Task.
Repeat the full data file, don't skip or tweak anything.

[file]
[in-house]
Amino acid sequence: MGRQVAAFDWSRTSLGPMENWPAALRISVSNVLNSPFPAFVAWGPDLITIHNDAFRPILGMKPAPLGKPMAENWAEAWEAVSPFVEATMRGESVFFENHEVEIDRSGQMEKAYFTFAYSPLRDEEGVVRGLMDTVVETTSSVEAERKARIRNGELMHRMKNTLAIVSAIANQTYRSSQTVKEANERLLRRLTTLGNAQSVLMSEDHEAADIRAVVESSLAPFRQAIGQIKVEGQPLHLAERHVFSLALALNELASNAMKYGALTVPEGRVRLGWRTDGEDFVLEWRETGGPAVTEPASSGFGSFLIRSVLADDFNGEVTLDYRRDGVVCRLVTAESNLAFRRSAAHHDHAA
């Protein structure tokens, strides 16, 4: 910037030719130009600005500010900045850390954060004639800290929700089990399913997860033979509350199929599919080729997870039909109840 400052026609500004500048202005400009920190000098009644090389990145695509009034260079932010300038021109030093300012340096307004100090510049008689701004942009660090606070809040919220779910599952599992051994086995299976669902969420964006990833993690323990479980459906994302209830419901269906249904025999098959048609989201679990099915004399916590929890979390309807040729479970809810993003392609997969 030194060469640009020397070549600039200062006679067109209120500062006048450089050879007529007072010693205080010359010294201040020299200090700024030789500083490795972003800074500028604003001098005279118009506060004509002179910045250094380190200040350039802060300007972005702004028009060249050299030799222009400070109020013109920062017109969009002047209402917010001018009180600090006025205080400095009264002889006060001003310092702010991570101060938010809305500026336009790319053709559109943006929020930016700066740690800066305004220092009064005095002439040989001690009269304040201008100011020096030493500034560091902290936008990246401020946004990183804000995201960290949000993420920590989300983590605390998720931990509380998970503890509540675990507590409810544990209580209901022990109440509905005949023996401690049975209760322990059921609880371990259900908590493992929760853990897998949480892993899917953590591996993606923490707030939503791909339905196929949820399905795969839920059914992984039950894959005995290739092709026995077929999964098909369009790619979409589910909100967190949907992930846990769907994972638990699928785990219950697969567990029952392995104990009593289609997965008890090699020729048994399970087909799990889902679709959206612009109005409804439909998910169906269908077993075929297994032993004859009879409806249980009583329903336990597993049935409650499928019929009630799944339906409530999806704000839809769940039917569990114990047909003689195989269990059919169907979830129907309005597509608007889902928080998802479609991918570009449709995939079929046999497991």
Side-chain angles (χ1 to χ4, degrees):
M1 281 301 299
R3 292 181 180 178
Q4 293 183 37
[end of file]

[in-house]
Amino acid sequence: MGRQVAAFDWSRTSLGPMENWPAALRISVSNVLNSPFPAFVAWGPDLITIHNDAFRPILGMKPAPLGKPMAENWAEAWEAVSPFVEATMRGESVFFENHEVEIDRSGQMEKAYFTFAYSPLRDEEGVVRGLMDTVVETTSSVEAERKARIRNGELMHRMKNTLAIVSAIANQTYRSSQTVKEANERLLRRLTTLGNAQSVLMSEDHEAADIRAVVESSLAPFRQAIGQIKVEGQPLHLAERHVFSLALALNELASNAMKYGALTVPEGRVRLGWRTDGEDFVLEWRETGGPAVTEPASSGFGSFLIRSVLADDFNGEVTLDYRRDGVVCRLVTAESNLAFRRSAAHHDHAA
């Protein structure tokens, strides 16, 4: 910037030719130009600005500010900045850390954060004639800290929700089990399913997860033979509350199929599919080729997870039909109840 400052026609500004500048202005400009920190000098009644090389990145695509009034260079932010300038021109030093300012340096307004100090510049008689701004942009660090606070809040919220779910599952599992051994086995299976669902969420964006990833993690323990479980459906994302209830419901269906249904025999098959048609989201679990099915004399916590929890979390309807040729479970809810993003392609997969 030194060469640009020397070549600039200062006679067109209120500062006048450089050879007529007072010693205080010359010294201040020299200090700024030789500083490795972003800074500028604003001098005279118009506060004509002179910045250094380190200040350039802060300007972005702004028009060249050299030799222009400070109020013109920062017109969009002047209402917010001018009180600090006025205080400095009264002889006060001003310092702010991570101060938010809305500026336009790319053709559109943006929020930016700066740690800066305004220092009064005095002439040989001690009269304040201008100011020096030493500034560091902290936008990246401020946004990183804000995201960290949000993420920590989300983590605390998720931990509380998970503890509540675990507590409810544990209580209901022990109440509905005949023996401690049975209760322990059921609880371990259900908590493992929760853990897998949480892993899917953590591996993606923490707030939503791909339905196929949820399905795969839920059914992984039950894959005995290739092709026995077929999964098909369009790619979409589910909100967190949907992930846990769907994972638990699928785990219950697969567990029952392995104990009593289609997965008890090699020729048994399970087909799990889902679709959206612009109005409804439909998910169906269908077993075929297994032993004859009879409806249980009583329903336990597993049935409650499928019929009630799944339906409530999806704000839809769940039917569990114990047909003689195989269990059919169907979830129907309005597509608007889902928080998802479609991918570009449709995939079929046999497991």
Side-chain angles (χ1 to χ4, degrees):
M1 281 301 299
R3 292 181 180 178
Q4 293 183 37